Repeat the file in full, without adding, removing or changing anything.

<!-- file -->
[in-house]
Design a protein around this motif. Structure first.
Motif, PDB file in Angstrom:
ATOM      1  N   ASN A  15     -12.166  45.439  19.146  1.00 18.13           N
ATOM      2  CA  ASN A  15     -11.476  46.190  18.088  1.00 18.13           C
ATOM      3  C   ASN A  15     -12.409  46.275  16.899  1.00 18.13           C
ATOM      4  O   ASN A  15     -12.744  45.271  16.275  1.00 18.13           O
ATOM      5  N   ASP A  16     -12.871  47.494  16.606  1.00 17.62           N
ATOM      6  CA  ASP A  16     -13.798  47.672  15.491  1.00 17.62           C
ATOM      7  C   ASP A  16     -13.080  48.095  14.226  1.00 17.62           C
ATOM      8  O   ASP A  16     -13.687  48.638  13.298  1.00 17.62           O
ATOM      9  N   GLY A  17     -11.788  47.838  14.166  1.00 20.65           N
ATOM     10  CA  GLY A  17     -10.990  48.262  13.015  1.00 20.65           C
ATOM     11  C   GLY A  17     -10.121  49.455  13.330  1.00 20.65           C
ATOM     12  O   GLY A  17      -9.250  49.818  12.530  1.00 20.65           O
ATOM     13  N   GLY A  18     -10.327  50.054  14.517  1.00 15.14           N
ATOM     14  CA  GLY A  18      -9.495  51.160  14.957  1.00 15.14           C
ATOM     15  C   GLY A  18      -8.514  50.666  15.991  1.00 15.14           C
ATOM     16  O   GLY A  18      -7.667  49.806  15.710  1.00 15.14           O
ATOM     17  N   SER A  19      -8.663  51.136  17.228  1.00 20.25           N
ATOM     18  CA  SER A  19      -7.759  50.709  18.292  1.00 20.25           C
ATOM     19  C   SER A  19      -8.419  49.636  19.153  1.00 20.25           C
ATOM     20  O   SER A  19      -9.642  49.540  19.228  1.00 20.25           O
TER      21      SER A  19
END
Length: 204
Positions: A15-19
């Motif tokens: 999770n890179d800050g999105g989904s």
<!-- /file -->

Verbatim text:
[in-house]
Design a protein around this motif. Structure first.
Motif, PDB file in Angstrom:
ATOM      1  N   ASN A  15     -12.166  45.439  19.146  1.00 18.13           N
ATOM      2  CA  ASN A  15     -11.476  46.190  18.088  1.00 18.13           C
ATOM      3  C   ASN A  15     -12.409  46.275  16.899  1.00 18.13           C
ATOM      4  O   ASN A  15     -12.744  45.271  16.275  1.00 18.13           O
ATOM      5  N   ASP A  16     -12.871  47.494  16.606  1.00 17.62           N
ATOM      6  CA  ASP A  16     -13.798  47.672  15.491  1.00 17.62           C
ATOM      7  C   ASP A  16     -13.080  48.095  14.226  1.00 17.62           C
ATOM      8  O   ASP A  16     -13.687  48.638  13.298  1.00 17.62           O
ATOM      9  N   GLY A  17     -11.788  47.838  14.166  1.00 20.65           N
ATOM     10  CA  GLY A  17     -10.990  48.262  13.015  1.00 20.65           C
ATOM     11  C   GLY A  17     -10.121  49.455  13.330  1.00 20.65           C
ATOM     12  O   GLY A  17      -9.250  49.818  12.530  1.00 20.65           O
ATOM     13  N   GLY A  18     -10.327  50.054  14.517  1.00 15.14           N
ATOM     14  CA  GLY A  18      -9.495  51.160  14.957  1.00 15.14           C
ATOM     15  C   GLY A  18      -8.514  50.666  15.991  1.00 15.14           C
ATOM     16  O   GLY A  18      -7.667  49.806  15.710  1.00 15.14           O
ATOM     17  N   SER A  19      -8.663  51.136  17.228  1.00 20.25           N
ATOM     18  CA  SER A  19      -7.759  50.709  18.292  1.00 20.25           C
ATOM     19  C   SER A  19      -8.419  49.636  19.153  1.00 20.25           C
ATOM     20  O   SER A  19      -9.642  49.540  19.228  1.00 20.25           O
TER      21      SER A  19
END
Length: 204
Positions: A15-19
């Motif tokens: 999770n890179d800050g999105g989904s």